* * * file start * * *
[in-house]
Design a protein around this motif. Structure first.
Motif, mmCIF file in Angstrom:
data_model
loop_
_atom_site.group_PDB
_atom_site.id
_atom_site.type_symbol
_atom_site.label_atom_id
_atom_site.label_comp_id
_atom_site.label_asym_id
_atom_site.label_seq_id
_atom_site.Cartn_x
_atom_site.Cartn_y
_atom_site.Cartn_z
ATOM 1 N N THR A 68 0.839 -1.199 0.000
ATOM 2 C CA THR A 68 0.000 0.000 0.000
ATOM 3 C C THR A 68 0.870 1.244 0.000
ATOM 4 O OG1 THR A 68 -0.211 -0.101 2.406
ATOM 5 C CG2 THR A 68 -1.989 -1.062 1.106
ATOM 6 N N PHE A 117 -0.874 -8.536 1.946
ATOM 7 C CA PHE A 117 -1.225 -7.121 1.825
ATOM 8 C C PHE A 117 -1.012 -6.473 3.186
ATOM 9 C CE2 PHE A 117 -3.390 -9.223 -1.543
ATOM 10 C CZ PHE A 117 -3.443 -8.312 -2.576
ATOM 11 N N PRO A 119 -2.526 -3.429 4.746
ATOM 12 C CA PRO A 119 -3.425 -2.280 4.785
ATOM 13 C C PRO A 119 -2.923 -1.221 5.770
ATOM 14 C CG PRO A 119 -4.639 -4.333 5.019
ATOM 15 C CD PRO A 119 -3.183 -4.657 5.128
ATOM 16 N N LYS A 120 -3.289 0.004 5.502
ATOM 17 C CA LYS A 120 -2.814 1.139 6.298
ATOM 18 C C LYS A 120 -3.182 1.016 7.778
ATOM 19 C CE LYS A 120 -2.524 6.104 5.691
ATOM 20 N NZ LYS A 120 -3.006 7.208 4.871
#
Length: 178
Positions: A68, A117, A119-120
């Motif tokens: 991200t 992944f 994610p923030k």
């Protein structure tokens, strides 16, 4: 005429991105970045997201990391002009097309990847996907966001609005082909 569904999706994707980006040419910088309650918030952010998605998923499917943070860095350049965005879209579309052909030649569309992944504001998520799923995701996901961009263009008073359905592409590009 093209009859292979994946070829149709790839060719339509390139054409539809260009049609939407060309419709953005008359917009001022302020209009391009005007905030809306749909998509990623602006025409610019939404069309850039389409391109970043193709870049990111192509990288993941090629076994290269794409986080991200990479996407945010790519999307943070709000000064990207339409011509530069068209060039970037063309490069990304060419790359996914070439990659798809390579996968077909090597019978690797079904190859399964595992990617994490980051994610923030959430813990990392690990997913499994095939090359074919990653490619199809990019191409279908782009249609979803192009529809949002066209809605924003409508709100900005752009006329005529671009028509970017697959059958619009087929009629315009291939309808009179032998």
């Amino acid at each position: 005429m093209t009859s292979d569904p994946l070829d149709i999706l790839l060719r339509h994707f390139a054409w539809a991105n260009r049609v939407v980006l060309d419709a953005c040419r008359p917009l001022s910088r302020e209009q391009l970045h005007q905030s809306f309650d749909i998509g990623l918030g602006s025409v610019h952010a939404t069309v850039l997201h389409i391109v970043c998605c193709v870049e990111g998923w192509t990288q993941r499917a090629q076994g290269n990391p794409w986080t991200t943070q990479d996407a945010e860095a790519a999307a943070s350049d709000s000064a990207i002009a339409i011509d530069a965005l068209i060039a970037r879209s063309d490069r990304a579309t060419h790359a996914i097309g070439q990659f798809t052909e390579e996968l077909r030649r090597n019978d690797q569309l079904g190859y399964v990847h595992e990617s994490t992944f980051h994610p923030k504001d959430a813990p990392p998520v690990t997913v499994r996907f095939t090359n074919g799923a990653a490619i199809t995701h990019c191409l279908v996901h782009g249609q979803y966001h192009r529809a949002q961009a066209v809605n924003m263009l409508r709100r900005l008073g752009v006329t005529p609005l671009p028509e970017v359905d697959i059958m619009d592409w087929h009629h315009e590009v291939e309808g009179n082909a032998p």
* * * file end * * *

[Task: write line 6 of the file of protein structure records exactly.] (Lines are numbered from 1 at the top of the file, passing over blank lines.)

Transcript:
_atom_site.group_PDB